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  • Ben Province

Podcast - Ep. 14: Matt F Basler (Middle Class Fashion) Interview




Defining Matt F Basler is not easy. The shorthand is that he is a solo artist and the drummer for the St. Louis, Mo. band Middle Class Fashion. (Both projects feature the same personnel, but the instruments they play vary depending on which act it is.) Also, he is the host of Matt F Basler's Podcast.


While that intro paragraph would give the gist for most, it is patently insufficient here.


For example, Basler once performed the Santana & Rob Thomas song "Smooth" 22 times in a row at a 2019 concert.


"The show was 20 for the 20th anniversary of the song, and then we did an encore two for the encore," he recalled. "We did do it 10 times first, two years before that. I think we did it 10 times for no reason."


Though the 1999 single was a commercial success and won two Grammys, it's become a favorite in the world of internet memes (and Thomas, himself, has played along).


In 2017, Basler did a show where he performed singing and playing acoustic guitar, but in between each song he would eat a hot wing, each one hotter than the last. And while performing, he can be seen wearing a retro blue jean jacket and tight gold shorts and no shirt. So is that the real Matt F Basler?


"I don't know. I had never thought about it. Well, let's see. Is it a persona? I guess it has to be, right?"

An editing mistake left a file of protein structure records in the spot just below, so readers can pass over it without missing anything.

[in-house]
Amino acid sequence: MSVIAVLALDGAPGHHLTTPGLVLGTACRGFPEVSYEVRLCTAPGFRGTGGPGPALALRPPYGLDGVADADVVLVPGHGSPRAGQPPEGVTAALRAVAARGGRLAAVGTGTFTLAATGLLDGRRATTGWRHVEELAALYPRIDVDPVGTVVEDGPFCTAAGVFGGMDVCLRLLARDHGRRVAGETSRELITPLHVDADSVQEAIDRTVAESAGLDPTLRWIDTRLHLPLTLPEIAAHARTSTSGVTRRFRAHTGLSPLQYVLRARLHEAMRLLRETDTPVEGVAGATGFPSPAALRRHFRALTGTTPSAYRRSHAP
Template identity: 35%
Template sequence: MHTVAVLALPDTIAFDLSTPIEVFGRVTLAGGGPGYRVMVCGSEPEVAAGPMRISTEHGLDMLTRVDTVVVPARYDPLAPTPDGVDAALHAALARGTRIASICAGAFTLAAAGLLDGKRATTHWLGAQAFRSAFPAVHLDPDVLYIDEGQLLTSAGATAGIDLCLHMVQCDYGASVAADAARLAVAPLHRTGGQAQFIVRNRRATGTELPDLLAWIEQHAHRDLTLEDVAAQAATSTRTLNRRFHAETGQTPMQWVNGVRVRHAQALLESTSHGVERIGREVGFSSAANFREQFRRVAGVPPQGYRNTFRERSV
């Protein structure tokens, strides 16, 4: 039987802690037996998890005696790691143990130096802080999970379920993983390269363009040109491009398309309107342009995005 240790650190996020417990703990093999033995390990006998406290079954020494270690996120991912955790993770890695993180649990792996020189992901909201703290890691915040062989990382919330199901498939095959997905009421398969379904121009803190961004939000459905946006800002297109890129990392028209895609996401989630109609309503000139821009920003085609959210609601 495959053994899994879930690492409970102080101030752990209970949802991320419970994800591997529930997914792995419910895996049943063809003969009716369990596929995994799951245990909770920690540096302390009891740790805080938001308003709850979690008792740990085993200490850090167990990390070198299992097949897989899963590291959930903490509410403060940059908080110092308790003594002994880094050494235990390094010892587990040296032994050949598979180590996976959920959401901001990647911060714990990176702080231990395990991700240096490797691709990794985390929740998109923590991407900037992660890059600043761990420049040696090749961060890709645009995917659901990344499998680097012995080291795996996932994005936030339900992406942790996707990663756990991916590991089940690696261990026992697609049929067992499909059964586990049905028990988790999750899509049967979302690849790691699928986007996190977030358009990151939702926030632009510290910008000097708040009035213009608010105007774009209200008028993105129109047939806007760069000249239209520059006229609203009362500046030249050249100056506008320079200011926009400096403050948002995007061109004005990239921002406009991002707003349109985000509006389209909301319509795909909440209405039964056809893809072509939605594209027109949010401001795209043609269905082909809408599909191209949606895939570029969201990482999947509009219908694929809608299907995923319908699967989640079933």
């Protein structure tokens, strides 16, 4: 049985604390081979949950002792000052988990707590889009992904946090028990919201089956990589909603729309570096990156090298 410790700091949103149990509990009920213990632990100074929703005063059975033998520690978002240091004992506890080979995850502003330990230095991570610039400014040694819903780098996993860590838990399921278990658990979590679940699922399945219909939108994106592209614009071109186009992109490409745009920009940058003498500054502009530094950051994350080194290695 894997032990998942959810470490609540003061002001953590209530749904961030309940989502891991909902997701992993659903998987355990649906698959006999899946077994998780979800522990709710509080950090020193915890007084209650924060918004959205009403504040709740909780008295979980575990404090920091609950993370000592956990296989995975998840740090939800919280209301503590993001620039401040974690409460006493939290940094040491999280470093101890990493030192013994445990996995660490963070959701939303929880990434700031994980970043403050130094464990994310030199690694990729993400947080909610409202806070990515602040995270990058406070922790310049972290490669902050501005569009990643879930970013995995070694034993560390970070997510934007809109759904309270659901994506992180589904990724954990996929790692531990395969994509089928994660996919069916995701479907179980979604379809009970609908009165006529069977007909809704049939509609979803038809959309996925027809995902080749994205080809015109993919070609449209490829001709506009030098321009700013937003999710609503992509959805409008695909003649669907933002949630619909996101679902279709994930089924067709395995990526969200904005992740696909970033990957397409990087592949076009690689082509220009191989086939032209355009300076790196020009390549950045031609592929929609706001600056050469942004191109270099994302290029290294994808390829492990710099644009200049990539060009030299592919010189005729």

His performance art and humorous branding decisions (like his colorful website and publicity photos) might give the impression Basler considers himself a comedian. But, not only has he found standup comedy is not for him, he doesn't even use humor in his songwriting.


"It's just not a thing that interests me that much, to write, like, a funny song," he said. "I don't think I would write very good funny songs. I think I write good serious songs."


His most recent two are called "Waste of Time" and "I'll Try and Think of You," which are available now on streaming platforms.


The latter track came about after Basler witnessed a fatal car-wreck from his front porch, and he began wondering about the levels of sadness people experience.


Contrasting the humorous with the sincere, in his overall output as a creative, makes Basler quite a unique artist. And it's clear it's not a marketing strategy that's coming from a dishonest place. Despite some level of persona, this really is him.


"I'm just throwing things out, and however other people interpret it is fine," he said.


Basler said the internet age has given artists more freedom to show different sides of their personality, which is culturally different from the early-'90s.


"I feel like if Eddie Vedder made a goofy TikTok when they were putting out "Ten," it would have been like 'whoa, no, I can't listen to this anymore,' but now there seems to be a bit of more freedom to just kinda do whatever you want."










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